I was going to write a program that manipulated C/M disk images in a GUI.... I took one look at the "Extents" management and decided that I had better things to do with my time, like hit myself in the head with a hammer.

 

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On 6/7/2022 at 6:16 PM, TomXP411 said:

This is the POSITION command. It looks like this:

P channel p0 p1 p2 p3

You'd use it something like this:
PRINT#15, "P" + CHR$(8) + CHR$(0) + CHR$(4) + CHR$(0) + CHR$(0)
This seeks to location 1024, or 0400 hex. 

https://github.com/commanderx16/x16-rom/tree/master/dos

That's big-endian.  But, the number must be little-endian!  Also, don't use strings.  That will run the string garbage collector, which will slow down your program.  Write it this way:

PRINT#15,"P";CHR$(8);CHR$($0);CHR$($0);CHR$($4);CHR$($0)

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On 6/21/2022 at 8:43 AM, Greg King said:

That's big-endian.  But, the number must be little-endian!  Also, don't use strings.  That will run the string garbage collector, which will slow down your program.  Write it this way:

PRINT#15,"P";CHR$(8);CHR$($0);CHR$($0);CHR$($4);CHR$($0)

That's incorrect: you are writing the number in Big-Endian format, and this will try to seek to location 262,144.

The P command takes the low-order byte first. (That's what Little-Endian means). So if you were seeking position 1, you would send the bytes in this order:  01 00 00 00 

If you were seeking position 256, you would send: 00 01 00 00

And 1024 is: 00 04 00 00 

Likewise, if you were jumping 64K into the file: 00 00 01 00

And if you wanted to jump 16 megabytes into the file: 00 00 00 01

 

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On 6/21/2022 at 12:23 PM, TomXP411 said:

That's incorrect: you are writing the number in Big-Endian format, and this will try to seek to location 262,144.

The P command takes the low-order byte first. (That's what Little-Endian means). So if you were seeking position 1, you would send the bytes in this order:  01 00 00 00 

If you were seeking position 256, you would send: 00 01 00 00

And 1024 is: 00 04 00 00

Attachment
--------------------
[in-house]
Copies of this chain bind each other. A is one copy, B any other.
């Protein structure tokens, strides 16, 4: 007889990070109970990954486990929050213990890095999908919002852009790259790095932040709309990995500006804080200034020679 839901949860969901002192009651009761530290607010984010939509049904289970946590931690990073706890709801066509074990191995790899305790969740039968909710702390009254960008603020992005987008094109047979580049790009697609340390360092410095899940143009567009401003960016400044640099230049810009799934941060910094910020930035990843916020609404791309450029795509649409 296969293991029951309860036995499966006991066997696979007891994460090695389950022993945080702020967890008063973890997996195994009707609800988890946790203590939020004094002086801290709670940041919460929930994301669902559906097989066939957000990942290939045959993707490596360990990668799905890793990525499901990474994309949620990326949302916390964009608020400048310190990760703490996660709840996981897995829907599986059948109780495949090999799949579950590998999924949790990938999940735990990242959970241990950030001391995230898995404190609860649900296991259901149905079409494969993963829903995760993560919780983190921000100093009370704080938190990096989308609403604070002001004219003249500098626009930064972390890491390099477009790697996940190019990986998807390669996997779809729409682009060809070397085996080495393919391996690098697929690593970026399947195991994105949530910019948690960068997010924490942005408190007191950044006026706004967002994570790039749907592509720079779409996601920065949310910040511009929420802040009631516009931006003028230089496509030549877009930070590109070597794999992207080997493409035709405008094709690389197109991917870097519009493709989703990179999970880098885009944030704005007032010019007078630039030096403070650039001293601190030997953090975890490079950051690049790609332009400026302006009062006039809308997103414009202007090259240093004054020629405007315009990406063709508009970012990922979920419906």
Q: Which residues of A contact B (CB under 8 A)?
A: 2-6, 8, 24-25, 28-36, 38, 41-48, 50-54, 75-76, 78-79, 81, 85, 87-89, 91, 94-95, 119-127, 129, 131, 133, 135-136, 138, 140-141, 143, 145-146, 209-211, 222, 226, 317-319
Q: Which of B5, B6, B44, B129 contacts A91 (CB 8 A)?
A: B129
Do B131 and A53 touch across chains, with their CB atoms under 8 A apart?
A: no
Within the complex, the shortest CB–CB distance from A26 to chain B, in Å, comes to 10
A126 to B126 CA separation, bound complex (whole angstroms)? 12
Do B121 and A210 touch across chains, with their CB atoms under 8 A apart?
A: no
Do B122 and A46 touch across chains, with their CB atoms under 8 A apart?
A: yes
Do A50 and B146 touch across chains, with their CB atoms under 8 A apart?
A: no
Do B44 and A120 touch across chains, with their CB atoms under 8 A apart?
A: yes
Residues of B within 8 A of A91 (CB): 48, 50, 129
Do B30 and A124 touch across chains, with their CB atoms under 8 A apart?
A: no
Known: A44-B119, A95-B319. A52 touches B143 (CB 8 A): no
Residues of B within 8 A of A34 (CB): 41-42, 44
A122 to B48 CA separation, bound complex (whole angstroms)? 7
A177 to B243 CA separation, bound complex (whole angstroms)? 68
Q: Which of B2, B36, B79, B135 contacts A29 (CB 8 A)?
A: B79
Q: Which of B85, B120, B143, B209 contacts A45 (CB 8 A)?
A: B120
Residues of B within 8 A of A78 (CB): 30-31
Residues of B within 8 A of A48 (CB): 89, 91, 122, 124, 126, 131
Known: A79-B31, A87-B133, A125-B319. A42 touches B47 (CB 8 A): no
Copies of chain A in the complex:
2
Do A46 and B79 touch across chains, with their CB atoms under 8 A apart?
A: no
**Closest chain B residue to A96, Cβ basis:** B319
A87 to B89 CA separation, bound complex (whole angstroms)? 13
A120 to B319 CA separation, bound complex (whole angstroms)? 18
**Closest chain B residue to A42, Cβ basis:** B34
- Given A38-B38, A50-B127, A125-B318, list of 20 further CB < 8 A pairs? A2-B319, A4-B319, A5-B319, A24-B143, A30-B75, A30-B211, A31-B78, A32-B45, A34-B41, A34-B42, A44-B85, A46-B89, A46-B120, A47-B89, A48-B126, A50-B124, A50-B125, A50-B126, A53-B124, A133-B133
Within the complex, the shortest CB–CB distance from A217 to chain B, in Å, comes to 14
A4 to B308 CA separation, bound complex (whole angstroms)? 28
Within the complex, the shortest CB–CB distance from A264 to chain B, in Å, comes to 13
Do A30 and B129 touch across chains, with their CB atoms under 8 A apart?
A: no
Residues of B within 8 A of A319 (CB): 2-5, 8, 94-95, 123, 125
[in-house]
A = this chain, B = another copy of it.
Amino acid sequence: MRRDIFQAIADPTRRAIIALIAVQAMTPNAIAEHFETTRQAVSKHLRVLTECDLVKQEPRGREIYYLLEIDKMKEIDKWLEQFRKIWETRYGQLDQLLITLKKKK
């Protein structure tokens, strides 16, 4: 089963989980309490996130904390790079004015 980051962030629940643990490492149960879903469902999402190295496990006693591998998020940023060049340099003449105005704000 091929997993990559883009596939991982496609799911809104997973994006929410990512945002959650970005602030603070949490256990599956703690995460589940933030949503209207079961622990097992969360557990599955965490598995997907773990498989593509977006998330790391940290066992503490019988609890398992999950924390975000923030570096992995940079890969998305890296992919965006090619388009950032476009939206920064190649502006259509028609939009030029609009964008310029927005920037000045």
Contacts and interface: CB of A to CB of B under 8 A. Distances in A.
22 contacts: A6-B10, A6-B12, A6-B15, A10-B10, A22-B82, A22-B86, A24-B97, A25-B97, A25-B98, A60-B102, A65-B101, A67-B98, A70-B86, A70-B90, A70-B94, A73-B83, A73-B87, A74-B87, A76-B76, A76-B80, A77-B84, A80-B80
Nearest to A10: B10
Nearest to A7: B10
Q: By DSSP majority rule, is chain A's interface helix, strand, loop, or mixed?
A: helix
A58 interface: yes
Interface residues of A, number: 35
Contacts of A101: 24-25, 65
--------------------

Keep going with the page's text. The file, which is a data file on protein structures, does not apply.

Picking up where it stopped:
Likewise, if you were jumping 64K into the file: 00 00 01 00

And if you wanted to jump 16 megabytes into the file: 00 00 00 01

You're right.  I forgot that the number is 32, not 16, bits.  I was thinking nybbles instead of bytes.

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On 6/21/2022 at 7:42 PM, Greg King said:

You're right.  I forgot that the number is 32, not 16, bits.  I was thinking nybbles instead of bytes.

Happens to the best of us. Every time I post a tutorial or even just a code sample, I end up having to go back and fix something

And you were right about using the ; instead of + to concatenate the characters. Using + will build a string and then pass it all at once, whereas using ; will transmit the individual characters one at a time without building a new string on the string table. 

so my example for 1024 should be:
PRINT#15, "P";CHR$(8);CHR$(0);CHR$(4);CHR$(0);CHR$(0)

 

 

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On 6/7/2022 at 6:16 PM, TomXP411 said:

tl;dr REL files are extinct because CX16-DOS has a seek command. Since you can seek to any point in a file, there's no need for a dedicated random-access file format.

So,  for instance,  the only REL files I used extensively back in the day were Forth Block files,  so the record was a uniform 1KB. But with an underlying FAT file system and seek functions working on any old sequential files,  there is no need for a special format: a block file can simply seek the correct number of KB and then read or write 1KB from or to the block buffer.

Indeed,  if a maximum block file size is set..
.  such as 1MB (1K of 1KB blocks)... that would allow for multiple block files to be placed in the 64MB space that can be referenced by a traditional 16bit Forth system, similar to the Forth Inc approach of accessing block files..